The uninsured and under-insured are watching, with bated breath, as the Supreme Court of the United States decides on the legalities of government enforced healthcare for all.
Do you know who else is watching? Your employer.
This isn’t a post about if it should or should not be deemed legal. This is a post about what is going to happen to you at work if healthcare reform (as it is written now) becomes a bill.
There’s an ugly little secret that your employer probably isn’t telling you. Since I know this secret, I’ll share it. Sharing is caring! Telling you this will most likely result in me being blackballed from the Human Resources community. Oh well.
It won’t be the first time I’ve been honest about our dirty little HR secrets, thus resulting in my unpopularity among my peers.
Are you ready?
If healthcare reform passes through the court, and becomes fully implemented in 2014, your employer will consider dropping health insurance for its employees, and there will be many employers who no longer offer health benefits.
Yes. It’s true. I hope the state exchanges do a nice job with their health plan options (we still don’t know what they will offer), because it may become the only place you can go for insurance.
Why? Because of the “Pay or Play” provision. It’s very controversial to your employer.
Pay or play basically means, according to the way healthcare reform is written today, that your employer will pay a penalty one way or another. We (the employers) have to offer vouchers for employees to take to the state exchange should they choose to pass on our health benefits. We have to offer high cost plans. And we have to figure out your household (not just the employee, but the spouse as well) income. But no matter what we do or how hard we try to get it right, we will face financial penalties to help fund nationalized healthcare.
- If the employer offers health insurance, and you choose to take your voucher to the state exchange?
PENALTY FOR THE EMPLOYER
- If the employer offers insurance, and an employee simply chooses not to take the insurance or go to the state exchange?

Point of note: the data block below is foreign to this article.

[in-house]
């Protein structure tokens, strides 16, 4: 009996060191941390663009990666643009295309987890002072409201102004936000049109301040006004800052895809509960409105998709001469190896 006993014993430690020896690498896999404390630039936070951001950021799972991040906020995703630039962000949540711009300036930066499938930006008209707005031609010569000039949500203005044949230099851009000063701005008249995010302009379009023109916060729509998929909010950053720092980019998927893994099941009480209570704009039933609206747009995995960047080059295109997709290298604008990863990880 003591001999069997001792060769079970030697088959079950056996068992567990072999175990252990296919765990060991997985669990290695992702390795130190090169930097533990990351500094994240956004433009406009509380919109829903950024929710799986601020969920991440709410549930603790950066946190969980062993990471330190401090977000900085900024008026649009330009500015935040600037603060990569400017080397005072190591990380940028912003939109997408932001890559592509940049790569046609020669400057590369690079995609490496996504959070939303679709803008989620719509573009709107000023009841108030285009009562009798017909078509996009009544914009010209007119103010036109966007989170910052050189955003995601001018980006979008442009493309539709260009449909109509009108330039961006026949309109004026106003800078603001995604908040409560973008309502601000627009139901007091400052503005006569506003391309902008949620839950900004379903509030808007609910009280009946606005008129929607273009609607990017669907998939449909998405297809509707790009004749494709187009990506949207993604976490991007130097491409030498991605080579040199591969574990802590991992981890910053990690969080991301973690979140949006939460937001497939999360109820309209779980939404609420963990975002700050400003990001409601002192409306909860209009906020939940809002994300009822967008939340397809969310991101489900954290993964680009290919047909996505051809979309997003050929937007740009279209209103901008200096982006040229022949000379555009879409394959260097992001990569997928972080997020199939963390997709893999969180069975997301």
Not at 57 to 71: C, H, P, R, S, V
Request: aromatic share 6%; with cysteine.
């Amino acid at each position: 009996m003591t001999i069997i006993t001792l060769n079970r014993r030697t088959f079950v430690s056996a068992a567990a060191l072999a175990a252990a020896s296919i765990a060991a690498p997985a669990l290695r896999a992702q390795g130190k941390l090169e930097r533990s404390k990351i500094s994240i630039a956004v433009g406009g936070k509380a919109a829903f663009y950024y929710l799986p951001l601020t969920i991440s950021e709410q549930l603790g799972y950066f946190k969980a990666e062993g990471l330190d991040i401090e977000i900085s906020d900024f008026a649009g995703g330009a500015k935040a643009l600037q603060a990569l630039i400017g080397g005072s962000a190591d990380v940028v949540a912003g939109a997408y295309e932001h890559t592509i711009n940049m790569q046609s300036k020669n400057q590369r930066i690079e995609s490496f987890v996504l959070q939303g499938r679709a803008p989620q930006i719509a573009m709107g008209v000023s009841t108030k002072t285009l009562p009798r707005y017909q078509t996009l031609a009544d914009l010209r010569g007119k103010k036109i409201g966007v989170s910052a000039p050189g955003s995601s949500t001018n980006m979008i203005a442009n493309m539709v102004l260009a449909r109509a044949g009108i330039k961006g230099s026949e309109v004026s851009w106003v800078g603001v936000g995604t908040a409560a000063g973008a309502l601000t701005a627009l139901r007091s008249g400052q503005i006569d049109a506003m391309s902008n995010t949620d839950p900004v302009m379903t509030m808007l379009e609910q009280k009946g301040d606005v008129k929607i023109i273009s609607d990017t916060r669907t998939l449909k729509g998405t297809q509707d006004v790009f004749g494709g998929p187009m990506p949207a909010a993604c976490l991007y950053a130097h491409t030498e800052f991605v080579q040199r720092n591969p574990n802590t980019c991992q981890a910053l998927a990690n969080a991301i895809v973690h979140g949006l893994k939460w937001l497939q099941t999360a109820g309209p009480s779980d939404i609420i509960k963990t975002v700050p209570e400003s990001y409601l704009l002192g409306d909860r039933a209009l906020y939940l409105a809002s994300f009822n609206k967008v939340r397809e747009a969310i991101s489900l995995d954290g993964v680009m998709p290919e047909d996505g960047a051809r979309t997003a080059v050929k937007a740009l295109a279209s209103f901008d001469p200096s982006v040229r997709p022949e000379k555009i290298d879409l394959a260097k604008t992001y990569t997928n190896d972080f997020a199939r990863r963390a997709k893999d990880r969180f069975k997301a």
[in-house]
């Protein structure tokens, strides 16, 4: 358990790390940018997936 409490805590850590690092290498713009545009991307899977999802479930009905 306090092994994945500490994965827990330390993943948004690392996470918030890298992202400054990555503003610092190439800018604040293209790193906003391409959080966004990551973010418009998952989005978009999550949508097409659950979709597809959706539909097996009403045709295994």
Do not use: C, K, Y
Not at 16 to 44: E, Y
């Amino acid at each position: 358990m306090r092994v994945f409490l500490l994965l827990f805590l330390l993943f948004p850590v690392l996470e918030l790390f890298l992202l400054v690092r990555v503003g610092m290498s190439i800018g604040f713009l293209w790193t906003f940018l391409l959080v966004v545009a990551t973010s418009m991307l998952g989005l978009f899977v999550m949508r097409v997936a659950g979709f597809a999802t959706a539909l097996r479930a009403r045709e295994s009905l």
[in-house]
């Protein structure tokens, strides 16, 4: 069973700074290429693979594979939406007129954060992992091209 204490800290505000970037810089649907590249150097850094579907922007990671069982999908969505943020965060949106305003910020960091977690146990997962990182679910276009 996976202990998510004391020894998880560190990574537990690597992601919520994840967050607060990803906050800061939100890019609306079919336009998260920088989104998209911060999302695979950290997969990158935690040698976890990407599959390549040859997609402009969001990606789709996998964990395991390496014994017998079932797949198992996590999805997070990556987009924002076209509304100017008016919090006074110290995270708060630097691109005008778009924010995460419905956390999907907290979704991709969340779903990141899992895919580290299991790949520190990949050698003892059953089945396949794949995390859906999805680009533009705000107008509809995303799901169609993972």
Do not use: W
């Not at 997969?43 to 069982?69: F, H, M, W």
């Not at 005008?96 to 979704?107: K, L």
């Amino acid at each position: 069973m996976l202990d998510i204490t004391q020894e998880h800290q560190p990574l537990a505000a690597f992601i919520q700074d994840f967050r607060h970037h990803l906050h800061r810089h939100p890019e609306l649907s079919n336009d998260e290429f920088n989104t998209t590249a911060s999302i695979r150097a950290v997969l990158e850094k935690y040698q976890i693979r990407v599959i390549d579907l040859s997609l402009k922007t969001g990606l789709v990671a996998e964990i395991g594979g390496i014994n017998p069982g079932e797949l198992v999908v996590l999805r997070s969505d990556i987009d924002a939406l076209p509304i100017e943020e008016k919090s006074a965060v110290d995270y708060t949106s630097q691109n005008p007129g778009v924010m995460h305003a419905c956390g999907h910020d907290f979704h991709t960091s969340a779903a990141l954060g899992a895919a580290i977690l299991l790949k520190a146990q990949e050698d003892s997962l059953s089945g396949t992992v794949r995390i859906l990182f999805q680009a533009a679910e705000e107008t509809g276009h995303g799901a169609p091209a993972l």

PENALTY FOR THE EMPLOYEE
- If the employer chooses not to offer insurance at all?
PENALTY FOR THE EMPLOYER
- There’s also the “Free Rider” penalty employers face. If the employer’s insurance is consider unaffordable or low value, and the employee qualifies for government subsidies (any family of four that makes less that $89,000 per year qualifies)?
PENALTY FOR THE EMPLOYER
So if you look at it from the employer’s point of view, it’s just a whole lot simpler to NOT offer benefits and take ONE penalty, rather than offer benefits and wager the “Pay or Play” game to see who stays in and who goes out of the plan, ultimately resulting in unavoidable penalties.
It’s a whole lot cheaper for the employer to pay the proposed tax penalties than to pay for your insurance.
Currently, for employers with 50 or more employees, the penalty for not offering benefits will only be $2,000 to $3,000 per employee that qualifies for health insurance. In 2011, the average employer cost of healthcare per employee, on a family plan cost the employer over $10,000.
It sort of feels like government’s giving your employer a simple math equation. Are they trying to smoke out employer sponsored health benefits? I think so.
As it stands, most companies are better off paying the penalty, and simply raising employee wages to compensate for what they will lose in benefits.
They employees can then take their chances at the state exchanges. And hopefully *fingers crossed* they can find a great health plan like the one we offer. One that pays claims. One without a ton of red tape. I mean, most government run things don’t come with a ton of red tape, right?
I know, not all employer sponsored plans are great.
But some of them really are wonderful. Some of them truly take care of employees at very little or no cost to them. These are the plans that I am concerned we will lose in our country.
To date, healthcare reform has done many great things to employer sponsored plans, things that really aren’t costing employers much in the long run.
To name a few of my favorites:
- Children no longer have pre-existing conditions
- Children can stay on their parent’s plan until they are 26 years-old (longer in some states)
- Preventative coverage is paid for at 100%
I agree with you 110%.
I agree with you, the system is currently broken, and everyone should have access to affordable healthcare (even the sick and unemployed/underemployed). But some of these employer provisions don’t make sense.
Shouldn’t the employers just continue to make necessary changes that better the health care system? I think so. And I think most companies are fine with the changes we’re making. Heck, our company hasn’t charged employees co-pays for preventative care for years as part of our wellness initiative.
For those of you who have jobs, and you’re satisfied with your company’s benefits, I want you to ask your company this question:
Is there a chance that you’ll drop our health insurance in 2014 and force us to take coverage through the state exchange?
If they tell you there is not a “snowball’s chance in Hell” that they’d ever consider dropping your benefits… THEY. ARE. LYING. TO. YOU.
We are all considering it. All of us. And just like you, we’re waiting to see how this whole thing pans out with the Supreme Court. We want to figure out what will make financial sense for our companies.
What do you think about it? Do you agree that it makes it financial sense for companies to stop offering health insurance? Will you be upset if your employer chooses to pay (rather than play)?